Perceived stress increases likelihood of amnestic mild cognitive impairment in older people

Feeling stressed out increases the likelihood that elderly people will develop mild cognitive impairment—often a prelude to full-blown Alzheimer's disease. In a new study, scientists at Albert Einstein College of Medicine and Montefiore Health System found that highly stressed participants were more than twice as likely to become impaired than those who were not. Because stress is treatable, the results suggest that detecting and treating stress in older people might help delay or even prevent the onset of Alzheimer's. The findings were published online today in Alzheimer Disease & Associated Disorders.

Each year, approximately 470,000 Americans are diagnosed with Alzheimer's dementia. Many of them first experience mild cognitive impairment—a pre-dementia condition that significantly increases the risk of developing Alzheimer's in the following months or years. This study looked at the connection between chronic stress and "amnestic mild cognitive impairment" (aMCI), the most common type of MCI, which is primarily characterized by memory loss.

Our study provides strong evidence that perceived stress increases the likelihood that an older person will develop a MCI, said Richard Lipton, M.D.

Senior author of the study, vice chair of neurology at Einstein and Montefiore, and professor in the Saul R. Korey Department of Neurology and the Edwin S. Lowe Chair of Neurology at Einstein. "Fortunately, perceived stress is a modifiable risk factor for cognitive impairment, making it a potential target for treatment."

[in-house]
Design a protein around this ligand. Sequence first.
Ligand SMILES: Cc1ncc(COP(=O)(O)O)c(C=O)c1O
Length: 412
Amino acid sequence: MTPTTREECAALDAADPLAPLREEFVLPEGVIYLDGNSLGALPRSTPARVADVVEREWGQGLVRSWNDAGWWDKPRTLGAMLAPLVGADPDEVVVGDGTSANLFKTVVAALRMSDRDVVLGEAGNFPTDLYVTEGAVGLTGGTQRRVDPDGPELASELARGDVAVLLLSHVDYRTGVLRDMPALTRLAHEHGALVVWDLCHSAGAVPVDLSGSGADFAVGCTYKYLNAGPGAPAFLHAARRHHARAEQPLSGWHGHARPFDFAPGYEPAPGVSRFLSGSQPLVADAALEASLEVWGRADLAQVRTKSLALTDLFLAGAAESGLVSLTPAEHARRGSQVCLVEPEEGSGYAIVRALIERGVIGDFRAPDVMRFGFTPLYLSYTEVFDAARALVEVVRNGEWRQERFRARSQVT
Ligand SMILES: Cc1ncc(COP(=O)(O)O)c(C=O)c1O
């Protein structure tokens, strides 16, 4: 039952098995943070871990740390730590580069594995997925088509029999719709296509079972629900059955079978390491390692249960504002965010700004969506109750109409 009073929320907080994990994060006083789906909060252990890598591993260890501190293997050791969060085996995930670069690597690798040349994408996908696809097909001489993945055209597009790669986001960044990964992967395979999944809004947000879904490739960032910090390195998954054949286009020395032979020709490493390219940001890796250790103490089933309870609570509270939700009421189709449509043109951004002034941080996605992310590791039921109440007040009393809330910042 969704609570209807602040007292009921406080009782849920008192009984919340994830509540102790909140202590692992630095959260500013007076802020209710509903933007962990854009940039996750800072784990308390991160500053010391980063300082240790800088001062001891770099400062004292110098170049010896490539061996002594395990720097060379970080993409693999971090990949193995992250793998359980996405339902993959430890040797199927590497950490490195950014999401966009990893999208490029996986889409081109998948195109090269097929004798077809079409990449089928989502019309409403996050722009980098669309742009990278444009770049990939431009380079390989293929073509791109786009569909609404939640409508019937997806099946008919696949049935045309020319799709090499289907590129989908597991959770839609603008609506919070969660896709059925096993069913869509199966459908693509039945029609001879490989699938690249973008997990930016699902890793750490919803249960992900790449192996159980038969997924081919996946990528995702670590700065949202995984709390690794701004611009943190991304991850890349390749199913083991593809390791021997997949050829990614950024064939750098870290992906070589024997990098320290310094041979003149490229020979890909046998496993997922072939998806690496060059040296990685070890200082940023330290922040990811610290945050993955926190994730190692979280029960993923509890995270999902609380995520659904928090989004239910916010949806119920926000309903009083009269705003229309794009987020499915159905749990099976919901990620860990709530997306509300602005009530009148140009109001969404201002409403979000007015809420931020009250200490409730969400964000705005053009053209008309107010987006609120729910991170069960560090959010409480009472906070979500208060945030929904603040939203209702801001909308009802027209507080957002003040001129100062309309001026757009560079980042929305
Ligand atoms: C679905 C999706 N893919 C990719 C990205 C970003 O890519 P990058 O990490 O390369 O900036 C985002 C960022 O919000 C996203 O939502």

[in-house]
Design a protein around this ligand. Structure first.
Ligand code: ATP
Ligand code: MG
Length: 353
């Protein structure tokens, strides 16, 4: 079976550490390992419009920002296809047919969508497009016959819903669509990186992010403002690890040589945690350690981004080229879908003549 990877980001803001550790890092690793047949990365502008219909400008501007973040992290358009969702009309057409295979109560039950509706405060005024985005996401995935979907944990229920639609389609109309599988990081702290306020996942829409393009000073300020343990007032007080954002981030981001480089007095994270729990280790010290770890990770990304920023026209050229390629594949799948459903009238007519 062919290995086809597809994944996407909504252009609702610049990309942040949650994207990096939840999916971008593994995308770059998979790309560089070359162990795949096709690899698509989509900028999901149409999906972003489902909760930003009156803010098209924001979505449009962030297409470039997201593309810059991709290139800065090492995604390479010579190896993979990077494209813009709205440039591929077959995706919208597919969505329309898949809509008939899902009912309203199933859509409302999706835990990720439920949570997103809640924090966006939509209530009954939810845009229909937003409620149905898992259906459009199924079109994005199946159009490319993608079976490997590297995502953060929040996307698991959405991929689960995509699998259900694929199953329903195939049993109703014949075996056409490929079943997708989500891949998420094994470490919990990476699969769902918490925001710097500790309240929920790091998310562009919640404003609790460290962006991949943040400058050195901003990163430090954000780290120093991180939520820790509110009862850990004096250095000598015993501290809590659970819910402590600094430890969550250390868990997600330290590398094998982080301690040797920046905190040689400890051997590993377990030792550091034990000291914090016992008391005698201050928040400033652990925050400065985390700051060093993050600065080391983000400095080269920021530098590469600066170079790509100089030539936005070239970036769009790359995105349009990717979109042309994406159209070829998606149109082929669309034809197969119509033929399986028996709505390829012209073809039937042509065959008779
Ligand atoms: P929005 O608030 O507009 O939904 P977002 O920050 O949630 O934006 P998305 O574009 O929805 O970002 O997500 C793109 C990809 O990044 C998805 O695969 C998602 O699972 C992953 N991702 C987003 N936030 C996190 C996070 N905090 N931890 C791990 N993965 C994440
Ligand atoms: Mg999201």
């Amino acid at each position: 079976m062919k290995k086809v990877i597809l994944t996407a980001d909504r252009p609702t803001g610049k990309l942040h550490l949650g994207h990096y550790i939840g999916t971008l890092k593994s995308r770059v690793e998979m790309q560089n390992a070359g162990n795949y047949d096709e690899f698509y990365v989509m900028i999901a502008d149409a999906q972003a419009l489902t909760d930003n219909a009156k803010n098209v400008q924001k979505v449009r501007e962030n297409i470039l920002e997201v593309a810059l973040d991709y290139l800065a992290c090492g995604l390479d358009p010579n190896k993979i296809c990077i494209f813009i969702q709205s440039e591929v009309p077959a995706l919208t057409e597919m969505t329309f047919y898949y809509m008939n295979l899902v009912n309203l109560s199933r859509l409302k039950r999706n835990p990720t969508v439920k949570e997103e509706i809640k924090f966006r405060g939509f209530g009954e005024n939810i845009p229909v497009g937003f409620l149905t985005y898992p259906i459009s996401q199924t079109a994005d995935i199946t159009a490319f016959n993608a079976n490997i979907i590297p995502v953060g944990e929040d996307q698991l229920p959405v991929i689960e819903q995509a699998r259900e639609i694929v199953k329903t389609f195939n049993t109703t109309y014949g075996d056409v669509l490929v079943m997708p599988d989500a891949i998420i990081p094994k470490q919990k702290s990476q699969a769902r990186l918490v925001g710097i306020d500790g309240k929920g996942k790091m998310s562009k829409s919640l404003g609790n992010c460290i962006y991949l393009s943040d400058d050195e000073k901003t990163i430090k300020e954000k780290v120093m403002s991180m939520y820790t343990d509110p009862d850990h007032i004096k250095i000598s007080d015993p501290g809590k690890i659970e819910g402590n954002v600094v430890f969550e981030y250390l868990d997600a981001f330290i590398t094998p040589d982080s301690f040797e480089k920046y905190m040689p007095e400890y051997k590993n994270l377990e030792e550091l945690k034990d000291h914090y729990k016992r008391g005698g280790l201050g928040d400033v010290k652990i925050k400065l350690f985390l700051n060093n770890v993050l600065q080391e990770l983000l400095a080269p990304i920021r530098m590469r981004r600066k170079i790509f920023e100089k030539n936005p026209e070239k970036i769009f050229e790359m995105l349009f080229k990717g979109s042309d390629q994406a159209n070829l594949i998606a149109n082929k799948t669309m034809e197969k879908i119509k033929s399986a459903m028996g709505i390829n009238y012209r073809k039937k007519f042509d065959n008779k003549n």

"Perceived stress reflects the daily hassles we all experience, as well as the way we appraise and cope with these events," said study first author, Mindy Katz, M.P.H., senior associate in the Saul R. Korey Department of Neurology at Einstein. "Perceived stress can be altered by mindfulness-based stress reduction, cognitive-behavioural therapies and stress-reducing drugs. These interventions may postpone or even prevent an individual's cognitive decline."

The researchers studied data collected from 507 people enrolled in the Einstein Aging Study (EAS), a community-based cohort of older adults. Since 1993, the EAS has systematically recruited adults 70 and over who live in Bronx County, NY. Participants undergo annual assessments that include clinical evaluations, a neuropsychological battery of tests, psychosocial measures, medical history, assessments of daily-living activities and reports (by participants and those close to them) of memory and other cognitive complaints.